Drink of the Week: Cameron’s Kick


Today is Good Friday, tonight is the first night of Passover, Sunday is Easter, and today’s drink…has nothing to do with that, It’s not even kosher for Passover. Oh well.

A couple of weeks ago, when I did bother to acknowledge St. Patrick’s Day (priorities!) I stole today’s drink and repackaged it as The Quiet Man’s Kick, merely  swapping one type of whiskey for another. Since the original drink is a classic in its own right — little known here in the Southwest but reportedly very popular in NYC, I thought I should give it its due.

First published in a 1922 book by Harry McElhone of Harry’s Bar fame, Cameron’s Kick, we’re told,  was revived in 2005 by cocktail historian David Wondrich. No one knows who Cameron was or how he got his kicks. Nevertheless, the drink is distinguished by employing a combination of the two types of whiskies least commonly used in cocktails: Irish whiskey and Scotch.

I’ve never quite gotten the prejudice against these two preeminent whiskies. While the smokiness of Scotch can be a tad daunting, I’ve had way too much success with Scotch based cocktails to be intimidated by a little peat. Moreover, I have no idea at all why people think the gentle flavors of Irish whiskey are any harder to mix than, say, Canadian, rye, or bourbon. Indeed, the fact that this drink works at all kind of proves my point. Let’s get to it.

Cameron’s Kick

1 1/2 ounces Irish whiskey
1 1/2 ounces Scotch
3/4 ounce fresh lemon juice
3/4 ounce orgeat/almond syrup

Combine the ingredients in a cocktail shaker with too much ice. Agitate very vigorously for as long as you can stand — this one needs to be cold — and strain into a chilled cocktail glass. Sip and consider whether it’s true that, while conventional wisdom is always conventional, it’s often not particularly wise.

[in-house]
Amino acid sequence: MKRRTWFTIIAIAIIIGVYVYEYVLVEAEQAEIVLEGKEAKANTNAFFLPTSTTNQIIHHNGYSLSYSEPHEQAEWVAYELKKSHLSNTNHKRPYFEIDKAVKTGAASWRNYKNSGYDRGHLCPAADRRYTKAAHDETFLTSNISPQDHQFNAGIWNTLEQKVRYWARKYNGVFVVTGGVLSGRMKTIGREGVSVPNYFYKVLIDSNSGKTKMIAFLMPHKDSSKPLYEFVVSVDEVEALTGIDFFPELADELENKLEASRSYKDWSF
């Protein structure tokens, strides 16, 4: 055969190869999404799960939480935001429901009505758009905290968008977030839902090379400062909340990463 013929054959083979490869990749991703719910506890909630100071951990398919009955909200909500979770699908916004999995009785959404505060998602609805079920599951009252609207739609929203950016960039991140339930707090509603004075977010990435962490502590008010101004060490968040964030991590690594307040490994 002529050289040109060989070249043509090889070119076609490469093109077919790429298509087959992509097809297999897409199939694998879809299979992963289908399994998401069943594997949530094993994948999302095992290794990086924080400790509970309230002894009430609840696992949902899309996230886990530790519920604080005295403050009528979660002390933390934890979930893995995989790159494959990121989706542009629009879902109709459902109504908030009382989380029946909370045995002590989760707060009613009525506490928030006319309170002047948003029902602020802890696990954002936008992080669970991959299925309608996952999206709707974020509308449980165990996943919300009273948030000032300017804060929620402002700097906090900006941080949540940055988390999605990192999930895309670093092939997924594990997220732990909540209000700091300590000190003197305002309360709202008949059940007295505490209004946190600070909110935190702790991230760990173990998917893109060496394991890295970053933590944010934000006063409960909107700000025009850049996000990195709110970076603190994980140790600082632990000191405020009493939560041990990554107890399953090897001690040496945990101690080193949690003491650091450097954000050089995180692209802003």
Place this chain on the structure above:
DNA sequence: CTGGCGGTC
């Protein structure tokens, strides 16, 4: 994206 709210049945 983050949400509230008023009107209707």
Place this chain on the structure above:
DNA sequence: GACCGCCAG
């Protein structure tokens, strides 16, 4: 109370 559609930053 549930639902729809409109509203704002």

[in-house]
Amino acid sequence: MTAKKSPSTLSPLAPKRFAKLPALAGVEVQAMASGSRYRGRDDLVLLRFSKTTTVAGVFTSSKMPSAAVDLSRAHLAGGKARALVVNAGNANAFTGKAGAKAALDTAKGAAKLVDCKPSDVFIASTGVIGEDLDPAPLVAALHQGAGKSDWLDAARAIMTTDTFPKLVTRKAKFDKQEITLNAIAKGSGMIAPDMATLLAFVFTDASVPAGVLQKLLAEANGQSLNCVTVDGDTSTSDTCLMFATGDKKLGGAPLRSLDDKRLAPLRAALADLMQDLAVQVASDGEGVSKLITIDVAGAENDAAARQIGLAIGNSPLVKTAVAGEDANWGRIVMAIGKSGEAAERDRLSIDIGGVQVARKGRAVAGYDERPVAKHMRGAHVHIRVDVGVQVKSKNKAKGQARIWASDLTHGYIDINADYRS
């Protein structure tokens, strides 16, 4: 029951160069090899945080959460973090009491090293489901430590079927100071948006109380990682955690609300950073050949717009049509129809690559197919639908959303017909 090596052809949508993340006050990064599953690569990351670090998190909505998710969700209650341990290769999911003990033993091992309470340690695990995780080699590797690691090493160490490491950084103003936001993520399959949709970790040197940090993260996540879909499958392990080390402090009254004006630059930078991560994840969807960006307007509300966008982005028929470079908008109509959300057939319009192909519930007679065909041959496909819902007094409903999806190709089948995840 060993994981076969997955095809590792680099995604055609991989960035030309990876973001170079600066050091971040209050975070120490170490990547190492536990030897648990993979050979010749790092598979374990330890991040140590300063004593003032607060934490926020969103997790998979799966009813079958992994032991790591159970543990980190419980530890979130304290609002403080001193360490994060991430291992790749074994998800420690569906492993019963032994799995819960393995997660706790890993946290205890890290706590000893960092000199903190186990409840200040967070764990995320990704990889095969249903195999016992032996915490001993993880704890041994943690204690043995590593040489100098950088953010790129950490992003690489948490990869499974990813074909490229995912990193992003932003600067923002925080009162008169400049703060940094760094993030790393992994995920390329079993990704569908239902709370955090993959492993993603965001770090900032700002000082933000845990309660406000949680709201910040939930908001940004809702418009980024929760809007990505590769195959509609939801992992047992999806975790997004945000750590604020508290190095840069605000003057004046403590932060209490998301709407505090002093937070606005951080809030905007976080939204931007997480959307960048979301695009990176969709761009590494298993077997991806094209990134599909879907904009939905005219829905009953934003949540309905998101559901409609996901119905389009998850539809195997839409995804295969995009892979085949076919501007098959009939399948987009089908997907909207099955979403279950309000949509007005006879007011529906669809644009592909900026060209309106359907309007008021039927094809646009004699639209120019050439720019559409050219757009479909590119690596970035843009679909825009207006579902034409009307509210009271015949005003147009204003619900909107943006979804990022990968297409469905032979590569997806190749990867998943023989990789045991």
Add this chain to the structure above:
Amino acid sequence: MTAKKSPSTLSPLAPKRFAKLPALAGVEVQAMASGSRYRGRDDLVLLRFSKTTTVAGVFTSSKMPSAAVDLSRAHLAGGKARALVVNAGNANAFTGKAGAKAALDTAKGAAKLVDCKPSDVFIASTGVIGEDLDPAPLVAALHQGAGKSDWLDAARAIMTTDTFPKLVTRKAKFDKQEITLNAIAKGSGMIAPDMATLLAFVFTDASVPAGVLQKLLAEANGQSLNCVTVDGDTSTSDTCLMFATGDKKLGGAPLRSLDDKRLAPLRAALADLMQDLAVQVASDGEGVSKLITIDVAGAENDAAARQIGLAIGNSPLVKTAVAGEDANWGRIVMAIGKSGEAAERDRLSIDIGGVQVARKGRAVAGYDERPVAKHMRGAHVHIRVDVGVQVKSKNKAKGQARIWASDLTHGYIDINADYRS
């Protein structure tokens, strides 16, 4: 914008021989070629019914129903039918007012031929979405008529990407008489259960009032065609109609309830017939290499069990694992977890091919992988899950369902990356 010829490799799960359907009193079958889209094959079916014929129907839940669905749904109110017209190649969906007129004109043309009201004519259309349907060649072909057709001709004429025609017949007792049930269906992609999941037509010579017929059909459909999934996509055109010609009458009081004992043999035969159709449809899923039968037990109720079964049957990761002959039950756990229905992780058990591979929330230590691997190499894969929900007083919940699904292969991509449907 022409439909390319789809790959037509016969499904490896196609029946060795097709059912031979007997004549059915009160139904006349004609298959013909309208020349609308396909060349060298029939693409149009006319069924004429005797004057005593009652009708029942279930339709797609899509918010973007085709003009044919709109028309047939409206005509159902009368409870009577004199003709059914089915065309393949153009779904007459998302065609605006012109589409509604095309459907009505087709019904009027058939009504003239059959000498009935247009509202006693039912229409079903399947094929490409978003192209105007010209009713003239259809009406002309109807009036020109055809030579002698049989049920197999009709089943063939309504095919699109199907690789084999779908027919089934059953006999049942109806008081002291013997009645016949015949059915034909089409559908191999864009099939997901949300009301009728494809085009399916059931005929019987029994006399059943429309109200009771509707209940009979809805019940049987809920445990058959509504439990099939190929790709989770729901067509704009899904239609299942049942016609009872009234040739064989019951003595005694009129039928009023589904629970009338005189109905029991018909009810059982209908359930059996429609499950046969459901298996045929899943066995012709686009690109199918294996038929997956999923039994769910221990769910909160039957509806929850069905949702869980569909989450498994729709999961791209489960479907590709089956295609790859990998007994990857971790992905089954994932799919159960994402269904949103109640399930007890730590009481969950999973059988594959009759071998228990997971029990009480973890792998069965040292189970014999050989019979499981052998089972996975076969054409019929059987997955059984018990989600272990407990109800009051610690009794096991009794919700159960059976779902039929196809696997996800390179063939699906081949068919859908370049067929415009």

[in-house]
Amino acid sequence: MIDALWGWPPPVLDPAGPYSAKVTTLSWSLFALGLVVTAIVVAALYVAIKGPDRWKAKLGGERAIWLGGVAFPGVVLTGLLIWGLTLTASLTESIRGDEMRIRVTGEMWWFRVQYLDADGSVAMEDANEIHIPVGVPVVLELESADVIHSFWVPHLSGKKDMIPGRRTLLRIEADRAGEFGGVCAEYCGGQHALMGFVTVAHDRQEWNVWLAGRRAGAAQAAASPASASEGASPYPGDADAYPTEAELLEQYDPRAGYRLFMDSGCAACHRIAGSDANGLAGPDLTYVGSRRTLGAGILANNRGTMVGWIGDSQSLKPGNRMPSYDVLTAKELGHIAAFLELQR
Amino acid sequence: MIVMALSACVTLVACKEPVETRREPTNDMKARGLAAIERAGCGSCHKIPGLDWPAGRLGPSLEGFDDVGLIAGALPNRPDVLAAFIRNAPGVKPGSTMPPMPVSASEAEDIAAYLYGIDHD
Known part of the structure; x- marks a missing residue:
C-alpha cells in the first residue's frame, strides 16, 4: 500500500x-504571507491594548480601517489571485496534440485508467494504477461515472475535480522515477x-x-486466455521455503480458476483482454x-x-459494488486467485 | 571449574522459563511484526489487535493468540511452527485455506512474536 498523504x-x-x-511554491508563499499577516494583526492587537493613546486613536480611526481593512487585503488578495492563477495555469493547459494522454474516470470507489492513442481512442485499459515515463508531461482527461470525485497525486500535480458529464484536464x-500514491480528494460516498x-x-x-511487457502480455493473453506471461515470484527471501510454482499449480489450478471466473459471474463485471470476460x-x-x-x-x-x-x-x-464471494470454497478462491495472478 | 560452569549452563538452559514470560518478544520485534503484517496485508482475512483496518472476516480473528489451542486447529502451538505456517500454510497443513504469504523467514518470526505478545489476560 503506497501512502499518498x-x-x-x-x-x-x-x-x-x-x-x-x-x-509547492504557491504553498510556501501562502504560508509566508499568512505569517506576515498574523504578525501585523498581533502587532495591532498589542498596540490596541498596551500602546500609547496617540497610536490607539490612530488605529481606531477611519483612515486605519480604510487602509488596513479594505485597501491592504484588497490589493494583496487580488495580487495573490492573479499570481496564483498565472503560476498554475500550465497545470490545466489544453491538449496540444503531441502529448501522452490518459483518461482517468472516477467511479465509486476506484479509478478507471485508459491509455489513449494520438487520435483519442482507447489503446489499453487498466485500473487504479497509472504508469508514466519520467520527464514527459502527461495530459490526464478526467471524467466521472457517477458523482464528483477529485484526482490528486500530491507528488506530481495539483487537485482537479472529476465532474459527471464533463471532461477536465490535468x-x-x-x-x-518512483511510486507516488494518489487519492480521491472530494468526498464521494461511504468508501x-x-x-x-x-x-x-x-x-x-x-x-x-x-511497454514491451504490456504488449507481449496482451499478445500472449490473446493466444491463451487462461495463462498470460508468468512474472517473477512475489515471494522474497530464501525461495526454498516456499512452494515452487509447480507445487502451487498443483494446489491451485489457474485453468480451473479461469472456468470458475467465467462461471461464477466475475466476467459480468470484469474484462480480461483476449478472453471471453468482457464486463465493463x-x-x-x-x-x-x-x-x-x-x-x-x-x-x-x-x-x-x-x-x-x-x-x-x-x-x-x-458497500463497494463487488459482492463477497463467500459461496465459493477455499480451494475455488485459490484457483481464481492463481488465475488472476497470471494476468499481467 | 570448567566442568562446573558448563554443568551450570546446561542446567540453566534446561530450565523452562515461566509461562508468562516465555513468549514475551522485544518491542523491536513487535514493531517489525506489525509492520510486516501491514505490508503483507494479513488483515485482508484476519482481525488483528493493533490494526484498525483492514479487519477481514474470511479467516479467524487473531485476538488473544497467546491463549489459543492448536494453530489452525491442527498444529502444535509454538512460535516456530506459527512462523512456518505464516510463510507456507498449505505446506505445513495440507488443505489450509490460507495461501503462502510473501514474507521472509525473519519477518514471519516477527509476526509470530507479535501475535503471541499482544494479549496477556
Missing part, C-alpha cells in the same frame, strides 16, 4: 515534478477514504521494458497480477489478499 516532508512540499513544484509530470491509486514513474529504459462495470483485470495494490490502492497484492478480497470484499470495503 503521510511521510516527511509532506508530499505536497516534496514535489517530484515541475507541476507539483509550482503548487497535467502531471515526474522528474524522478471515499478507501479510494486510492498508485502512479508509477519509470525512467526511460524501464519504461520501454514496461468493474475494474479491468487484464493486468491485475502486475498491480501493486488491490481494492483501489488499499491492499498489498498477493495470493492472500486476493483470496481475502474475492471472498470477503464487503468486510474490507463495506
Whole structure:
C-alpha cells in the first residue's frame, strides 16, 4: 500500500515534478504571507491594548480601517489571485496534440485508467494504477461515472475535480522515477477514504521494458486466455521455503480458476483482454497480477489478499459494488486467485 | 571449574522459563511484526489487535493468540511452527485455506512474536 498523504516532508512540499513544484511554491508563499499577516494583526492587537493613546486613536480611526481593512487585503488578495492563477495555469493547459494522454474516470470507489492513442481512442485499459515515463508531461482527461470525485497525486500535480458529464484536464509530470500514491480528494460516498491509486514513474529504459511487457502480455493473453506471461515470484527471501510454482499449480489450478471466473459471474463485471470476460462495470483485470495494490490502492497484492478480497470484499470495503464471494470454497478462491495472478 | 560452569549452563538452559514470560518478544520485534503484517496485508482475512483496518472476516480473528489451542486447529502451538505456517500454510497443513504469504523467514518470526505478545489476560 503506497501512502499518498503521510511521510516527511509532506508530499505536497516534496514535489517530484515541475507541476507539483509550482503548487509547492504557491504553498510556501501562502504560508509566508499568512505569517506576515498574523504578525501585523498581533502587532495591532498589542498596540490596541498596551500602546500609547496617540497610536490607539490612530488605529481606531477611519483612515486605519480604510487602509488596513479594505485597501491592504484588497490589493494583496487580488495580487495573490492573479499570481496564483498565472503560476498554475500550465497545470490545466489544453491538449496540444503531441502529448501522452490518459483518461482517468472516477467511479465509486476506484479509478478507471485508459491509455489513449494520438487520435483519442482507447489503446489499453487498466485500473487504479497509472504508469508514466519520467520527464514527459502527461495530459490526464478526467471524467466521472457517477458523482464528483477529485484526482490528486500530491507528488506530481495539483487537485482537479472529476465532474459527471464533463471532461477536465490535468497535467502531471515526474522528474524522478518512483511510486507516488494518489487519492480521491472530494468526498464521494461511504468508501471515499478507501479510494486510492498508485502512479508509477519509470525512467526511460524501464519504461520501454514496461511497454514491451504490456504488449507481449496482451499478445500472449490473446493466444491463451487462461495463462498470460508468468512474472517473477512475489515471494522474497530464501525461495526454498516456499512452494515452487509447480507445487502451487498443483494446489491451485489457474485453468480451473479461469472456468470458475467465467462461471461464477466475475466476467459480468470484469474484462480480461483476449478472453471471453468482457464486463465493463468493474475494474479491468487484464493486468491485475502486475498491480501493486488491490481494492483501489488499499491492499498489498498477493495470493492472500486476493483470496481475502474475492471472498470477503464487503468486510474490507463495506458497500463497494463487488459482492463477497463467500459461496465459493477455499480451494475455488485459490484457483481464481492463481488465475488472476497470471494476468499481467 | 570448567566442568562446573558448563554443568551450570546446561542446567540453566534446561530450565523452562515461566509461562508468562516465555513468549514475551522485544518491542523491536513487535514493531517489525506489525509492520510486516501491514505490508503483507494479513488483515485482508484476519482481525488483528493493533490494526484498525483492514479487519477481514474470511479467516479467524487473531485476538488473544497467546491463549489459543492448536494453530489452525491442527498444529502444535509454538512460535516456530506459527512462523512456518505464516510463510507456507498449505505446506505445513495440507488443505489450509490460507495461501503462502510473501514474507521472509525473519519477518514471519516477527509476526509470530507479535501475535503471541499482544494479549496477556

This is a very nice variation on a whiskey sour, and is definitely for those who like their sweet and tart flavors highly pronounced. The orgeat adds nutty nuances you’d never get with your standard simple syrup or grenadine, and the two whiskies very much hold their own.

My Scotches were Dewars, Johnny Walker Black, and Monkey Shoulder. Bushmills and Tullamore Dew constituted the Irish contingent. Honestly, every combination I used came out largely the same except those that featured Monkey Shoulder, which is very good but sweeter than most Scotches, perhaps a bit too sweet for Cameron’s Kick. I also have to say I lean a bit towards Tullamore Dew in general; Bushmills is great, but TD has a fuller flavor with a hint of caramel to it that I really like, and which I think worked slightly better in Camerons’ Kick.

I should add here that most recipes for this drink call for one ounce each of the whiskeys and a half an ounce each of the orgeat and lemon juice. That’s perfectly respectable but I just liked the slightly different proportions you get with the larger version, allowing the non-alcoholic ingredients to play a  larger role. I didn’t put it in the recipe, but it’s fine to use an orange twist in this one if you like.


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